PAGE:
Wednesday, May 17, 2023


Playing through Thursday, May 18 at Harkins Shea in Scottsdale:

Imagining the Indian: The Fight Against Native American Mascoting--Only once, in the nearly four years I lived in Washington, D.C., did I go to an NFL game. I was mostly indifferent to sports in general and to football in particular, but my girlfriend at the time was a rabid lifelong fan of the team there. It was the hardest ticket in town to get, so she was thrilled when she landed a pair somehow, during the 1991 season when they went on to win the Super Bowl.

What I remember is that when we walked in to the game on that very cold and cloudy November afternoon, a good-sized group of Native American protestors were drumming and chanting outside RFK Stadium. They were there, of course, in opposition to the team name and mascot.

I wish I could say that I had an epiphany that day, that it occurred to me that, whatever one might think about the use of native imagery by sports teams in general, this particular term was a shocking, bald-faced racial epithet on the level of, for the most obvious example, the N-word, and that its use was outrageous. I wish I could say that this led me to further consider whether the use of any such imagery and terminology, even when less obviously insulting, was appropriate for a sports team.

But I didn't. I accepted a flyer from one of the protestors, read it, and dismissed it (to myself) as an oversensitive reaction to an unimportant issue. I've since heard other people make the same argument: With all the problems facing Native American communities, sports mascots seemed like a trivial focus. This now strikes me as an evasion even if it was true, but this blunt, fed-up documentary makes the case that the matter may not be so trivial after all.

Directed by Aviva Kempner and Ben West, the film summarizes the history of the depiction of indigenous Americans in media. It's a potently painful and embarrassing spectacle of film and television clips and cartoons, including the nadir of the great Bugs Bunny, from 1960's "Horse Hare," when Bugs chillingly sings "One little, two little, three little..." as he shoots at Indians from a fort.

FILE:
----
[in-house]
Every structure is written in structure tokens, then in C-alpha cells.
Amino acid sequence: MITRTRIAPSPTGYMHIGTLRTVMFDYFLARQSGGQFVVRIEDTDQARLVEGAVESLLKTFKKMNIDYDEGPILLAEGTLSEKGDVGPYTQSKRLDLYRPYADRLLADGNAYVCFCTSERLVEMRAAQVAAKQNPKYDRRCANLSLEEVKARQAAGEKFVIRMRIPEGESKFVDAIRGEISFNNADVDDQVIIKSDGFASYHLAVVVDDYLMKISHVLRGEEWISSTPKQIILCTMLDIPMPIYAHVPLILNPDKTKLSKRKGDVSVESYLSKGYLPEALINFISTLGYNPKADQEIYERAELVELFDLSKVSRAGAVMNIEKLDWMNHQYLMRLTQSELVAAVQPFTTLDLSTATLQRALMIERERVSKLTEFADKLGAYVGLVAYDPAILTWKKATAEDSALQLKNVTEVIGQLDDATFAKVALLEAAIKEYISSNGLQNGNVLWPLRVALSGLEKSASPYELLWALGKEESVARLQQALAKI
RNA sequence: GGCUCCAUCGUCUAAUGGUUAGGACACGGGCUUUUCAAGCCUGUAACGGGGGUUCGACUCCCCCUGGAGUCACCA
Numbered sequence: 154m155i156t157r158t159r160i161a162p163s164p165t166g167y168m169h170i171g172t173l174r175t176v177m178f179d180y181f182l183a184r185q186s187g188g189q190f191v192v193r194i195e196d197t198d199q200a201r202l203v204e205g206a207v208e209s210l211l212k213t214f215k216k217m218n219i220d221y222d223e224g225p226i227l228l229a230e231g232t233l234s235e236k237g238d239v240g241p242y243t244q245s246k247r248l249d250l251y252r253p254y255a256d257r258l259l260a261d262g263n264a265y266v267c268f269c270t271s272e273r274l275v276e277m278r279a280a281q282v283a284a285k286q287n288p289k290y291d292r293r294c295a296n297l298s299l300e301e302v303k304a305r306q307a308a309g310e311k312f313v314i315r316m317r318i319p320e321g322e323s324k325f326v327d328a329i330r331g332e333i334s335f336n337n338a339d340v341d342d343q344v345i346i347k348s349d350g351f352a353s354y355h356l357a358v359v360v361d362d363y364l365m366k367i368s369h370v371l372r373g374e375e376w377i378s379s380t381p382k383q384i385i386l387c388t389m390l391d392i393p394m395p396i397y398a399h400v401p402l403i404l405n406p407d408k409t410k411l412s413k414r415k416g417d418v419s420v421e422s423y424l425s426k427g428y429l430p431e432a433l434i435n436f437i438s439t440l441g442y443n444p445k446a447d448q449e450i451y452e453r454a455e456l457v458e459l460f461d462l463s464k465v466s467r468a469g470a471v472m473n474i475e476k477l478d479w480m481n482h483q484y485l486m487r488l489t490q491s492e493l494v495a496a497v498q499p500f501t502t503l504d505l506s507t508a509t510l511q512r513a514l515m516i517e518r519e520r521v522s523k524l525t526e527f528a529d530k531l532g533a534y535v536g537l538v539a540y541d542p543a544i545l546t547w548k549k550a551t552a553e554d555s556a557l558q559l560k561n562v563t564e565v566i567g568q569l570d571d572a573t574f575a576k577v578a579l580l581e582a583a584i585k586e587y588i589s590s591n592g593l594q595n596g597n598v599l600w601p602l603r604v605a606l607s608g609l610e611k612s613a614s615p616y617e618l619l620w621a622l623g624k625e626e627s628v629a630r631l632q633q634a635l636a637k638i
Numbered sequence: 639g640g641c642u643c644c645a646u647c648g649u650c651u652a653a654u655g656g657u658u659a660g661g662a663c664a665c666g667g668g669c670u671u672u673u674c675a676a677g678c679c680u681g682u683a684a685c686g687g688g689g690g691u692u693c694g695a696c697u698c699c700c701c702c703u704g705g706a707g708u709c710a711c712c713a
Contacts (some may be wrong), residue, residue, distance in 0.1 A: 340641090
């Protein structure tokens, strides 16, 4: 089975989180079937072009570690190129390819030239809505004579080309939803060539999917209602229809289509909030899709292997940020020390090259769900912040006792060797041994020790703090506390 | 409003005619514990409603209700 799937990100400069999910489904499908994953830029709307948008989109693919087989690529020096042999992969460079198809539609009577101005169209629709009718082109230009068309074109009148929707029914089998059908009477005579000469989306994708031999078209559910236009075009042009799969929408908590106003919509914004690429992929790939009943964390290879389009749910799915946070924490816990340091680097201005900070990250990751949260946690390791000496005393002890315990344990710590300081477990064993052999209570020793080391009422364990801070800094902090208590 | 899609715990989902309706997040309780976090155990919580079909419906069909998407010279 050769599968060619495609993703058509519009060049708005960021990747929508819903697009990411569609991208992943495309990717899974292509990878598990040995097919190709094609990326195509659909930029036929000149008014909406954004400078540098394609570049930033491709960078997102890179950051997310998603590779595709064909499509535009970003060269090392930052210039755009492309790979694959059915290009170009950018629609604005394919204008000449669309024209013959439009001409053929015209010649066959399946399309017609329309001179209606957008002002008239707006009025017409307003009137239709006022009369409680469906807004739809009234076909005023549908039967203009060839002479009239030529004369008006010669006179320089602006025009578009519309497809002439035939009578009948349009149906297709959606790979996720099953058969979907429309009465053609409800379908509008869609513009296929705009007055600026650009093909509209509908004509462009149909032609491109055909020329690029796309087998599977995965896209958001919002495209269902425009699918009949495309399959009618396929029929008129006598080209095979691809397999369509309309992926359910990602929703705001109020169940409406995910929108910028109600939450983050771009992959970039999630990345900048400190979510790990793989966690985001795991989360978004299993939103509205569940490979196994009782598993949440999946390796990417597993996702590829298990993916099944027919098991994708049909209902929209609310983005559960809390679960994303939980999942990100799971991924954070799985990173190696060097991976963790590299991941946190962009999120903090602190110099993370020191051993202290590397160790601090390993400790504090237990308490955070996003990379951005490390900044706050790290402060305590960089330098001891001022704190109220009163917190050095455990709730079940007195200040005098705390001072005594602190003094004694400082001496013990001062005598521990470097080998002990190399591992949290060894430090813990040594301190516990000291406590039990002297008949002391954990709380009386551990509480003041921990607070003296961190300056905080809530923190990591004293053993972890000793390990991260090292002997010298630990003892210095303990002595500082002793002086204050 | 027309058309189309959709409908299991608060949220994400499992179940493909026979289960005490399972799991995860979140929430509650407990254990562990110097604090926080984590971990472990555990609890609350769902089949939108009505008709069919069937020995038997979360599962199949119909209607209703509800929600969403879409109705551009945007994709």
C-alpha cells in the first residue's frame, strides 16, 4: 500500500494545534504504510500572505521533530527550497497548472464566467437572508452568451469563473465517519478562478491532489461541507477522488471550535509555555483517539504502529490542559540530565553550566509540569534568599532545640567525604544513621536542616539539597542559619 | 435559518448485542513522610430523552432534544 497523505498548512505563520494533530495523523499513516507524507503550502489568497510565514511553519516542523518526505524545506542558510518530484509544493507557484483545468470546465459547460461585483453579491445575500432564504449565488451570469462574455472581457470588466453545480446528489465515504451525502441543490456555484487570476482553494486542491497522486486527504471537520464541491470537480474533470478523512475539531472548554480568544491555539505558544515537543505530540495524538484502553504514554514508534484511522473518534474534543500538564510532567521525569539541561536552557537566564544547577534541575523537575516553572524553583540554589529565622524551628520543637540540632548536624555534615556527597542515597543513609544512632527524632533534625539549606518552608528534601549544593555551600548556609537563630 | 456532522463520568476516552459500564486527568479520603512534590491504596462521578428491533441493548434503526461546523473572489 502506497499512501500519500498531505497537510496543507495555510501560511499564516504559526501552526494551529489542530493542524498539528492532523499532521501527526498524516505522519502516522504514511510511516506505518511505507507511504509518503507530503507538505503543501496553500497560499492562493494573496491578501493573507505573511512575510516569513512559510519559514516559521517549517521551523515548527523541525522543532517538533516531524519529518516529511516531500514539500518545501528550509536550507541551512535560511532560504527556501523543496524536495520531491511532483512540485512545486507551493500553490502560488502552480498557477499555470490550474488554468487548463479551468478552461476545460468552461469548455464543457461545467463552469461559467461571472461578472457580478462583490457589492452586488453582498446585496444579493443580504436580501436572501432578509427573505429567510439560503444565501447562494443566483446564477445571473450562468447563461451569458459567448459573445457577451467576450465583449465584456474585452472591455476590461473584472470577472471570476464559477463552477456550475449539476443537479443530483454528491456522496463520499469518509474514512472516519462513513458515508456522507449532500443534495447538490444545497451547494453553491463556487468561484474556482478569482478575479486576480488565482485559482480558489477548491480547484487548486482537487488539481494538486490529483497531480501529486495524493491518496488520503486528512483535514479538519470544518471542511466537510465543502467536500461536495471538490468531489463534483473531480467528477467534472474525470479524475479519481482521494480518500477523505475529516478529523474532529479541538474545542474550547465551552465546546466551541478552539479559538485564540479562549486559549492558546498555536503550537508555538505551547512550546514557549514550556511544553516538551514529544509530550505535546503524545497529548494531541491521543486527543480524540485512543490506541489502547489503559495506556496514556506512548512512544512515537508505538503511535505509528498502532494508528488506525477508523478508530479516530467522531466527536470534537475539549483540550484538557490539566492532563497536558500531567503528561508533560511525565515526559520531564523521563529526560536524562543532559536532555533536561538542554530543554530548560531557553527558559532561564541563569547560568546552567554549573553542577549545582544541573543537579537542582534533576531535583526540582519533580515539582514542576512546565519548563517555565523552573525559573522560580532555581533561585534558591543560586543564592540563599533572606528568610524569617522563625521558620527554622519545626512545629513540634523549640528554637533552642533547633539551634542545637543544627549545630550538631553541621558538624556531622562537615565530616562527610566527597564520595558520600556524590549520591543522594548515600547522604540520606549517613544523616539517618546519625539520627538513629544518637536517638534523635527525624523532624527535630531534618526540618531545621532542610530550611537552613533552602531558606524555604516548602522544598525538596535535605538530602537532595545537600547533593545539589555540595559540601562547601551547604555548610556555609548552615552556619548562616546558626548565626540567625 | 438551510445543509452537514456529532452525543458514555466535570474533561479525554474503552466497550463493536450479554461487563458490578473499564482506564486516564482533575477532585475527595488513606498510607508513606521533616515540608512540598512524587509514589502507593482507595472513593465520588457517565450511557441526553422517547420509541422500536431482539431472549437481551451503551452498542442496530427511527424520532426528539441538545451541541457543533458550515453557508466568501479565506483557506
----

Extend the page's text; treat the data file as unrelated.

After providing this ugly material for context, Imagining the Indian settles into a discussion of the thousands of American sports teams, from pro to high school, that use stereotypical native names and logos and mascots. We see footage of aggrieved fans wailing at protestors that the intent is to honor, not to insult. We even see footage of the 45th President and his wife doing the tomahawk chop. And we're given a glimpse of the struggle, by native advocates, to persuade these organizations that they ought to change this imagery. There's particular focus on the tireless activism of Suzan Shown Harjo on this issue.

This activism has born fruit: After years of resistance, the Washington team retired its name in 2020, and redubbed itself the Washington Commanders in 2022. Cleveland's MLB team rebranded itself the Cleveland Guardians in 2022. Even some franchises that have not yet relented, like Kansas City's football team, have prohibited the wearing of face paint and feathered headdresses by fans at the games.

As with many documentaries of this sort, Imagining the Indian was preaching to the choir with me. Years ago, albeit too many years after my NFL game in D.C., I finally got it through my skull that it wasn't up to me to decide what other people find hurtful, and that a nostalgic attachment to a logo or a mascot, however genuinely non-racist and affectionate that attachment may be, wasn't worth callously ignoring other people's carefully and consistently and politely expressed offense.

But then, the day after I saw Imagining the Indian, I found myself watching on TV, for roughly the zillionth time, my favorite baseball movie, 1988's Major League, about Cleveland's team, and filled with references to "the Tribe" and the "Happy Hunting Ground" and balls flying "off the reservation" and many appearances by the grinning Sambo mug of Chief Wahoo. I realize that it's my own racial privilege that allows me to watch this stuff without pain, and I fully support the team's name change and the retirement of the Chief. But I'm afraid I can't give up Major League.

At least, right now I don't think I can. Check back with me in thirty years or so.

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